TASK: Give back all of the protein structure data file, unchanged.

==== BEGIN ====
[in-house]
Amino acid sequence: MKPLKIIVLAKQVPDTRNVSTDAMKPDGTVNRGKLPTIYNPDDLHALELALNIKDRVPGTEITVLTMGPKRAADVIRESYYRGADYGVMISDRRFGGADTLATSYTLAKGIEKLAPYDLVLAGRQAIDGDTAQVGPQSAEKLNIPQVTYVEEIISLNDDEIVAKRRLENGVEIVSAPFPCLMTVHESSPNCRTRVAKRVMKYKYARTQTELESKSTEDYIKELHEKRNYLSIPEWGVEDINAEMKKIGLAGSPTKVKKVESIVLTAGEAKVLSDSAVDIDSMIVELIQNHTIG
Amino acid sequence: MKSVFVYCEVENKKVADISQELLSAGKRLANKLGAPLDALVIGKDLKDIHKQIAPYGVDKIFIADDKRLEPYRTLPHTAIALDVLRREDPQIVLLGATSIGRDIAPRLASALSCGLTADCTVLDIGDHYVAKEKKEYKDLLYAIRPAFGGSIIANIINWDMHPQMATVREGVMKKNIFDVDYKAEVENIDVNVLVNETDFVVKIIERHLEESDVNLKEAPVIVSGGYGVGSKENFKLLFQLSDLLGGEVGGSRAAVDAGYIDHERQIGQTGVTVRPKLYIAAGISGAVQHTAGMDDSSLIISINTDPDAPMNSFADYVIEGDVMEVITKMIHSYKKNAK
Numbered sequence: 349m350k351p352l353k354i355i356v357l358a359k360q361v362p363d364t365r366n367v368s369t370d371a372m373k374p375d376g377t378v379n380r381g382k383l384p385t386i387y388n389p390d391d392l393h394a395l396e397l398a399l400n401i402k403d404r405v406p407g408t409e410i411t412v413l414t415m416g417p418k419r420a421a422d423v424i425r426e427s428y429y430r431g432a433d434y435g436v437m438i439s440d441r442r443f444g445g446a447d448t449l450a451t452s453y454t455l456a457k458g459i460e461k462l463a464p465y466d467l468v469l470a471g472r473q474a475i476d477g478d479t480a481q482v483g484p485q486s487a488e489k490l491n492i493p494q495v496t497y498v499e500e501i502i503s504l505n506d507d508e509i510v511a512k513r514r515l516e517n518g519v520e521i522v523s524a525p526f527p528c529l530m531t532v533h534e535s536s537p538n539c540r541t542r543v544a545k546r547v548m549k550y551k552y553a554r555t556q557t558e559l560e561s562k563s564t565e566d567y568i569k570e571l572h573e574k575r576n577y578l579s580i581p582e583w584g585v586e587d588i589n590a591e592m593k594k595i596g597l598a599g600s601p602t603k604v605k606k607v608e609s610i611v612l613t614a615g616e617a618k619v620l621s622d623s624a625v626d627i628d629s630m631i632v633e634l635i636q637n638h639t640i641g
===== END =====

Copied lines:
[in-house]
Amino acid sequence: MKPLKIIVLAKQVPDTRNVSTDAMKPDGTVNRGKLPTIYNPDDLHALELALNIKDRVPGTEITVLTMGPKRAADVIRESYYRGADYGVMISDRRFGGADTLATSYTLAKGIEKLAPYDLVLAGRQAIDGDTAQVGPQSAEKLNIPQVTYVEEIISLNDDEIVAKRRLENGVEIVSAPFPCLMTVHESSPNCRTRVAKRVMKYKYARTQTELESKSTEDYIKELHEKRNYLSIPEWGVEDINAEMKKIGLAGSPTKVKKVESIVLTAGEAKVLSDSAVDIDSMIVELIQNHTIG
Amino acid sequence: MKSVFVYCEVENKKVADISQELLSAGKRLANKLGAPLDALVIGKDLKDIHKQIAPYGVDKIFIADDKRLEPYRTLPHTAIALDVLRREDPQIVLLGATSIGRDIAPRLASALSCGLTADCTVLDIGDHYVAKEKKEYKDLLYAIRPAFGGSIIANIINWDMHPQMATVREGVMKKNIFDVDYKAEVENIDVNVLVNETDFVVKIIERHLEESDVNLKEAPVIVSGGYGVGSKENFKLLFQLSDLLGGEVGGSRAAVDAGYIDHERQIGQTGVTVRPKLYIAAGISGAVQHTAGMDDSSLIISINTDPDAPMNSFADYVIEGDVMEVITKMIHSYKKNAK
Numbered sequence: 349m350k351p352l353k354i355i356v357l358a359k360q361v362p363d364t365r366n367v368s369t370d371a372m373k374p375d376g377t378v379n380r381g382k383l384p385t386i387y388n389p390d391d392l393h394a395l396e397l398a399l400n401i402k403d404r405v406p407g408t409e410i411t412v413l414t415m416g417p418k419r420a421a422d423v424i425r426e427s428y429y430r431g432a433d434y435g436v437m438i439s440d441r442r443f444g445g446a447d448t449l450a451t452s453y454t455l456a457k458g459i460e461k462l463a464p465y466d467l468v469l470a471g472r473q474a475i476d477g478d479t480a481q482v483g484p485q486s487a488e489k490l491n492i493p494q495v496t497y498v499e500e501i502i503s504l505n506d507d508e509i510v511a512k513r514r515l516e517n518g519v520e521i522v523s524a525p526f527p528c529l530m531t532v533h534e535s536s537p538n539c540r541t542r543v544a545k546r547v548m549k550y551k552y553a554r555t556q557t558e559l560e561s562k563s564t565e566d567y568i569k570e571l572h573e574k575r576n577y578l579s580i581p582e583w584g585v586e587d588i589n590a591e592m593k594k595i596g597l598a599g600s601p602t603k604v605k606k607v608e609s610i611v612l613t614a615g616e617a618k619v620l621s622d623s624a625v626d627i628d629s630m631i632v633e634l635i636q637n638h639t640i641g